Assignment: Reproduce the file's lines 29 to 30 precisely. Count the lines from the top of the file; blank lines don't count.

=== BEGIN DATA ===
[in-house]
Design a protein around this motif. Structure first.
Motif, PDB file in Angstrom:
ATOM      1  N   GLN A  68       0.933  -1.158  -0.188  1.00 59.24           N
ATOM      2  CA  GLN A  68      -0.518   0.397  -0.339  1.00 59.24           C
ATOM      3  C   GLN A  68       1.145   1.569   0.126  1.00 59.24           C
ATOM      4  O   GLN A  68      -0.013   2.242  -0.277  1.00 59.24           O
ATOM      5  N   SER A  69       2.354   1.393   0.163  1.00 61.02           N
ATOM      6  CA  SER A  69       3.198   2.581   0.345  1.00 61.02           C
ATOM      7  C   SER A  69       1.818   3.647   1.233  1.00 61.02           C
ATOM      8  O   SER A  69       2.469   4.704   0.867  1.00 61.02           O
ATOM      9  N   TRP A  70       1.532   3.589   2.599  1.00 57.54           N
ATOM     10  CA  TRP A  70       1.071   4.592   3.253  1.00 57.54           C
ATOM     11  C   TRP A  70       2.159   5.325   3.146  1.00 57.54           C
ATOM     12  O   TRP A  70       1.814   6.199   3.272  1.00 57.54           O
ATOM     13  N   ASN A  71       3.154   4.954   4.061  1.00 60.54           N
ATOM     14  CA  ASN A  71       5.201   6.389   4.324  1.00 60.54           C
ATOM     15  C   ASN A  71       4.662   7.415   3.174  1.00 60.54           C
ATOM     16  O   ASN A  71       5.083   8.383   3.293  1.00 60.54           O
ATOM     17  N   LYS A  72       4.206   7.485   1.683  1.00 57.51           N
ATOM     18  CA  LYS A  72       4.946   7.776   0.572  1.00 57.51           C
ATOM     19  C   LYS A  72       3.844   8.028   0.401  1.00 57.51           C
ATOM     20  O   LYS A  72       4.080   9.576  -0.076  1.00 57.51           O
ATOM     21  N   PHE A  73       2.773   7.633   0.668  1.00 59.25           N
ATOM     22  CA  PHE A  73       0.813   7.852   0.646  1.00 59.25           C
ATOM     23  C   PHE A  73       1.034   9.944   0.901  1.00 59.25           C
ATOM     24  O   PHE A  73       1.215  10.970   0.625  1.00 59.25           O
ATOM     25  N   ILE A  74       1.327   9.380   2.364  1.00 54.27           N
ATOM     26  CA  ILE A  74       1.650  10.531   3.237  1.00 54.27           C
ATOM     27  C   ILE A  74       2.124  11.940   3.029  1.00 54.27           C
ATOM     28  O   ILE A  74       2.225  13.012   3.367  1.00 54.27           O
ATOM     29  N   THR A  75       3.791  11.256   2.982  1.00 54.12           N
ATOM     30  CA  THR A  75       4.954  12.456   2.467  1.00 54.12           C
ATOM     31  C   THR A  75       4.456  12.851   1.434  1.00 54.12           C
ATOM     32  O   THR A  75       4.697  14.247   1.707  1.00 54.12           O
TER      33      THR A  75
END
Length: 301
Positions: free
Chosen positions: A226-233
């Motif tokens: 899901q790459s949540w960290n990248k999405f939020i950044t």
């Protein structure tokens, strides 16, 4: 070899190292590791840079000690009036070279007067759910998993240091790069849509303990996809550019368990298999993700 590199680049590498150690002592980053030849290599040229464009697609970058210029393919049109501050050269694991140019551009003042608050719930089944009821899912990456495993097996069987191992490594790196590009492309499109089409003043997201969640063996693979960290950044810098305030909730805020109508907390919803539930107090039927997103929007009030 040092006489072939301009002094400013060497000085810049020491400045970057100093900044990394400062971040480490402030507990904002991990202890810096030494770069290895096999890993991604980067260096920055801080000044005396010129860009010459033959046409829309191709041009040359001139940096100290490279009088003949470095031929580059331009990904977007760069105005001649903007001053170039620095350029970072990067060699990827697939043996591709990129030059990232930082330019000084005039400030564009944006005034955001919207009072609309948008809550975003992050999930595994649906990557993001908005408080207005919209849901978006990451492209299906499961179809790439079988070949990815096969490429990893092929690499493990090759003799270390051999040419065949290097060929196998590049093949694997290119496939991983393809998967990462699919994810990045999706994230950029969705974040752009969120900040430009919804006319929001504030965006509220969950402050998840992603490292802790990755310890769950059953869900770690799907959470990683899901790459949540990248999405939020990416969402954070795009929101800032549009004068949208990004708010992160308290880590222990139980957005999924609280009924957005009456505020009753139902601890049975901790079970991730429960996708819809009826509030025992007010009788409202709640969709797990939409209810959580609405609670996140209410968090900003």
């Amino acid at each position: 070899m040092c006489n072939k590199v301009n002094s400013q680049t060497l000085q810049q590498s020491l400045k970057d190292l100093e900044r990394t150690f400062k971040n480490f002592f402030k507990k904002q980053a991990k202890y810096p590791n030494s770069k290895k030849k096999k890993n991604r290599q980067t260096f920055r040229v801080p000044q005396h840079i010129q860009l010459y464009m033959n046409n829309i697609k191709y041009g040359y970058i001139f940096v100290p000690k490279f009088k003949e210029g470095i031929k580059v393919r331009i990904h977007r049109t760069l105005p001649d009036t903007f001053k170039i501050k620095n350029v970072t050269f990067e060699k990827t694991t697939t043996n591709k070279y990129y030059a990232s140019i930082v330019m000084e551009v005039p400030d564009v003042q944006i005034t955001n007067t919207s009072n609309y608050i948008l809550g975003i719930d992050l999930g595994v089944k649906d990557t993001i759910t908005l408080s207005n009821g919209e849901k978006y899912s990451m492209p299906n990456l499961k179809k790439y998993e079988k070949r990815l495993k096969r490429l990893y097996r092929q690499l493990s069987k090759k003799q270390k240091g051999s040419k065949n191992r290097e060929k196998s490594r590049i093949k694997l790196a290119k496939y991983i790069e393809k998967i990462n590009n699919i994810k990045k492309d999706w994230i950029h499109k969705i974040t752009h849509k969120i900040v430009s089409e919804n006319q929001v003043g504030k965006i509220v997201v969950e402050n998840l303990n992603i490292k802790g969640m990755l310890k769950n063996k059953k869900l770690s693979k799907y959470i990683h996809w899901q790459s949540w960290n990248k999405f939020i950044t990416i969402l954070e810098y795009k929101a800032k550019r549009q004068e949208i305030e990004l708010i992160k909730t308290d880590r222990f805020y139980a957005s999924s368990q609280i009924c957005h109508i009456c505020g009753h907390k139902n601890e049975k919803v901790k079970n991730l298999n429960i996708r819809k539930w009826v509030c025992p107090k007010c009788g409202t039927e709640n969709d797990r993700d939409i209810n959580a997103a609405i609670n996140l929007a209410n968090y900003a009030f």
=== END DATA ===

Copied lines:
ATOM     26  CA  ILE A  74       1.650  10.531   3.237  1.00 54.27           C
ATOM     27  C   ILE A  74       2.124  11.940   3.029  1.00 54.27           C